Reading 31 Flog It!


Reading 31

Antiques experts Anita Manning and Nick Davies put values on Reading's antiques and collectibles, including some American dolls and 19th-century French paperweights.


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Transcript


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Well, I'm certainly in a party mood today and I bet this lot are keen

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-to have a good time, aren't you? Yes!

-Yes!

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Well, we've come to the right place,

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because we're in Reading in Berkshire,

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which is renowned globally for its music, mud and mayhem.

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Yes, I'm talking about the Reading Festival.

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Our venue today is The Concert Hall,

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which is housed inside this magnificent building, the town hall.

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We haven't even opened the doors yet and I've already lost my voice, I'm so excited.

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Today, we are taking centre stage.

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Welcome to "Flog It!"!

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CHEERING AND PAUL LAUGHS

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Let's rock!

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Reading Festival is the world's oldest popular music festival

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that's still in existence today.

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It started life in 1961 at Richmond Athletic Ground in Surrey

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as an annual jazz and blues festival.

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And then, in 1971, it moved to Reading.

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By this time, it was almost exclusively playing rock music.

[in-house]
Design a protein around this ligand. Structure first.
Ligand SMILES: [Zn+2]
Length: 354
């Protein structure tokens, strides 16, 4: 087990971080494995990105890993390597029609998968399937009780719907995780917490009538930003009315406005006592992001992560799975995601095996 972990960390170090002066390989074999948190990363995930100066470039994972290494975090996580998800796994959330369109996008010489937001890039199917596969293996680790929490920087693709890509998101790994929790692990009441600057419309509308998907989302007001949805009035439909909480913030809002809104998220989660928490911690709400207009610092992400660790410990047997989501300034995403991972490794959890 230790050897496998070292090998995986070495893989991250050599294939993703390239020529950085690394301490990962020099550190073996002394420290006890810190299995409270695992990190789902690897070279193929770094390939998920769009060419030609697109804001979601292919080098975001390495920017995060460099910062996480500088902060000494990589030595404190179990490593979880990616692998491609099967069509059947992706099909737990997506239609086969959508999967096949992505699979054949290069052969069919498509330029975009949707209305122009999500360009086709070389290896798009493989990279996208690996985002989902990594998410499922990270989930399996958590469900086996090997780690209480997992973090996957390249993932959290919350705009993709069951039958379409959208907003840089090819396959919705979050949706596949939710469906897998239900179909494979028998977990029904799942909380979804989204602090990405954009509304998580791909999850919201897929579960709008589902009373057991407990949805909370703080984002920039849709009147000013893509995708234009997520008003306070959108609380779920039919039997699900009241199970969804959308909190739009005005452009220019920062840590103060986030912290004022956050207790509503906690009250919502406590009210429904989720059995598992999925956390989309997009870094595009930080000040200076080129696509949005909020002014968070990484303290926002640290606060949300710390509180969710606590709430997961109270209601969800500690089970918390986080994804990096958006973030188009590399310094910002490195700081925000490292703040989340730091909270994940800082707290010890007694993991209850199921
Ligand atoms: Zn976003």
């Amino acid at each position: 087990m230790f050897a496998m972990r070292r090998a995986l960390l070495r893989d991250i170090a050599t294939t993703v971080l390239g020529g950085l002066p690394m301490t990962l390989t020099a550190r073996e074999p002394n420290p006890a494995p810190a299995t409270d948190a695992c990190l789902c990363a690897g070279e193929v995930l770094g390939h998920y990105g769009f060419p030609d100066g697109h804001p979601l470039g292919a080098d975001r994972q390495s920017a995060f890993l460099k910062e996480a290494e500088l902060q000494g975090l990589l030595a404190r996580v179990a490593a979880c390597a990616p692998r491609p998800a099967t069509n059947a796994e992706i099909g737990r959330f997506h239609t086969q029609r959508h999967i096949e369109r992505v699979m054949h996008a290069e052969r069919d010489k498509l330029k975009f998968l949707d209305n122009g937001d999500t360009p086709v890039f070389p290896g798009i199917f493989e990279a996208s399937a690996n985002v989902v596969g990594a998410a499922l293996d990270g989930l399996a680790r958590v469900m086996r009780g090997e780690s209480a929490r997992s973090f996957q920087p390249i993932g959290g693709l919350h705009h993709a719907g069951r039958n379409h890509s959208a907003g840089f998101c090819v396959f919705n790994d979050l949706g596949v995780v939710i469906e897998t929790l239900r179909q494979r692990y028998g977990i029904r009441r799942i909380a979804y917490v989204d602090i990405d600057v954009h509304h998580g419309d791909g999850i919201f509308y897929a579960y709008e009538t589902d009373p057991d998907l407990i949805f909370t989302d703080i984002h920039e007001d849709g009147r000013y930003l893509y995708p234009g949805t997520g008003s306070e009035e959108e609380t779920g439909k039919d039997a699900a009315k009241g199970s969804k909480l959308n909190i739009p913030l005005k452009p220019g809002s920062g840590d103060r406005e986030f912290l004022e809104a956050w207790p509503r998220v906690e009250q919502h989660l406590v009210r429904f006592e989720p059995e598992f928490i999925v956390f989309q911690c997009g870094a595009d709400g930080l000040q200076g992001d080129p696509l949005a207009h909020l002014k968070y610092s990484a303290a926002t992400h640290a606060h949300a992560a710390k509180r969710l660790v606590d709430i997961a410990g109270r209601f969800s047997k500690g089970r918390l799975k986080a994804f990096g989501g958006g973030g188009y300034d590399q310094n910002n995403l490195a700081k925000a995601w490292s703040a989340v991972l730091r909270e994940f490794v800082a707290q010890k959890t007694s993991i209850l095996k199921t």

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Today, Reading Festival is known worldwide for featuring

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the biggest and the best acts of the contemporary music scene.

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Almost 90,000 music fans invade Reading every August bank holiday

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for the festival.

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Now, I know we can't rival that, but just look at this queue,

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because it goes all around the centre of the town.

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I tell you what, today, we are going to rock

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and I can't wait to get inside there and find out

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what all of these antiques and collectables are worth.

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I know this lot are excited,

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so let's get the doors open and get on with the show!

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Already working the crowd like the rock stars they are,

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we have our experts...

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Anita Manning.

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-I think it's lovely.

-Do you really? I like you.

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And Nick Davies.

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-If she was an original...

-Aye-aye.

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You and I would probably elope!

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LAUGHTER

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And it looks as if Anita is the headliner

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and Nick's the supporting act.